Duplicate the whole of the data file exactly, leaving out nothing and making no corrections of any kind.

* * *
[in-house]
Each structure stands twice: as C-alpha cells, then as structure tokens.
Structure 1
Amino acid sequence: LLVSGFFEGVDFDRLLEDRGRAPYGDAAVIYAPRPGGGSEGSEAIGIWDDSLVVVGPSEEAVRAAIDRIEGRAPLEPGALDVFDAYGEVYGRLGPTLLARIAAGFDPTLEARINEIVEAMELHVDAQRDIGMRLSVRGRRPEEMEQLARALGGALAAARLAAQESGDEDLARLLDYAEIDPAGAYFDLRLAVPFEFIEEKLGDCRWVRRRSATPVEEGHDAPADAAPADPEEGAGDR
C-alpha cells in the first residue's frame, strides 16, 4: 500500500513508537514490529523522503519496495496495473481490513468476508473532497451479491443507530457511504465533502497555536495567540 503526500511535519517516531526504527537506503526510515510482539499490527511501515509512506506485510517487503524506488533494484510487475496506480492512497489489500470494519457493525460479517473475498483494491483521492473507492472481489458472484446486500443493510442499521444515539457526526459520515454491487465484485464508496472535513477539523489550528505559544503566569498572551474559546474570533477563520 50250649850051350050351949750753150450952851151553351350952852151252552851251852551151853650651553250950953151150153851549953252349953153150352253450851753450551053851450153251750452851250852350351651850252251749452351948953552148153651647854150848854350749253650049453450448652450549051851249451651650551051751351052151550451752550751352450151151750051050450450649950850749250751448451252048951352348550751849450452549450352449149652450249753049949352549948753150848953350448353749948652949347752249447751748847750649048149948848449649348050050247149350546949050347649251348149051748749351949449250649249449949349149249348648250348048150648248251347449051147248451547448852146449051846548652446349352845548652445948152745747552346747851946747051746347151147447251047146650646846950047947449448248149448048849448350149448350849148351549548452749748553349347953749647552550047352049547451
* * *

[in-house]
Each structure stands twice: as C-alpha cells, then as structure tokens.
Structure 1
Amino acid sequence: LLVSGFFEGVDFDRLLEDRGRAPYGDAAVIYAPRPGGGSEGSEAIGIWDDSLVVVGPSEEAVRAAIDRIEGRAPLEPGALDVFDAYGEVYGRLGPTLLARIAAGFDPTLEARINEIVEAMELHVDAQRDIGMRLSVRGRRPEEMEQLARALGGALAAARLAAQESGDEDLARLLDYAEIDPAGAYFDLRLAVPFEFIEEKLGDCRWVRRRSATPVEEGHDAPADAAPADPEEGAGDR
C-alpha cells in the first residue's frame, strides 16, 4: 500500500513508537514490529523522503519496495496495473481490513468476508473532497451479491443507530457511504465533502497555536495567540 503526500511535519517516531526504527537506503526510515510482539499490527511501515509512506506485510517487503524506488533494484510487475496506480492512497489489500470494519457493525460479517473475498483494491483521492473507492472481489458472484446486500443493510442499521444515539457526526459520515454491487465484485464508496472535513477539523489550528505559544503566569498572551474559546474570533477563520 50250649850051350050351949750753150450952851151553351350952852151252552851251852551151853650651553250950953151150153851549953252349953153150352253450851753450551053851450153251750452851250852350351651850252251749452351948953552148153651647854150848854350749253650049453450448652450549051851249451651650551051751351052151550451752550751352450151151750051050450450649950850749250751448451252048951352348550751849450452549450352449149652450249753049949352549948753150848953350448353749948652949347752249447751748847750649048149948848449649348050050247149350546949050347649251348149051748749351949449250649249449949349149249348648250348048150648248251347449051147248451547448852146449051846548652446349352845548652445948152745747552346747851946747051746347151147447251047146650646846950047947449448248149448048849448350149448350849148351549548452749748553349347953749647552550047352049547451